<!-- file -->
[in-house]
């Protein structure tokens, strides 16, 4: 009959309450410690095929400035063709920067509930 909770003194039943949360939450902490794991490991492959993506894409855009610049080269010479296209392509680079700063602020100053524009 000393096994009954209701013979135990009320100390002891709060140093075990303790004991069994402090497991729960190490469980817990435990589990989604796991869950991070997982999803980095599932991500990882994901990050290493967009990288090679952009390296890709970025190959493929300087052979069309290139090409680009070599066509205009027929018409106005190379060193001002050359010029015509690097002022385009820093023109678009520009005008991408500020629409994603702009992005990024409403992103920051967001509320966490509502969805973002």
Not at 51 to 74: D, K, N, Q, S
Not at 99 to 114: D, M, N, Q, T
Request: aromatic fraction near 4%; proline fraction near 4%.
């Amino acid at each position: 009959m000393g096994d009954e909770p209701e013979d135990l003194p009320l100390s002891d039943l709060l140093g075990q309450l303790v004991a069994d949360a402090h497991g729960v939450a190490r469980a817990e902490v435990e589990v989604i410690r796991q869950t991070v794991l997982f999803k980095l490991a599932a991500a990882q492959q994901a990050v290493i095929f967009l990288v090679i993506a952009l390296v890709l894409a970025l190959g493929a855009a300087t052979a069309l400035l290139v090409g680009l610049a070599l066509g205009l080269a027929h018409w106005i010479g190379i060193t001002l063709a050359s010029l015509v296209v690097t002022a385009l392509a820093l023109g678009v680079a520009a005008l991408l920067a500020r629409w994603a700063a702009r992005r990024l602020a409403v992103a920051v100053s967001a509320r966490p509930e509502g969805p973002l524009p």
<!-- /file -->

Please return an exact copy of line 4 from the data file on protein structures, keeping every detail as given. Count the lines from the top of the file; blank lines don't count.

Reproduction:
Not at 99 to 114: D, M, N, Q, T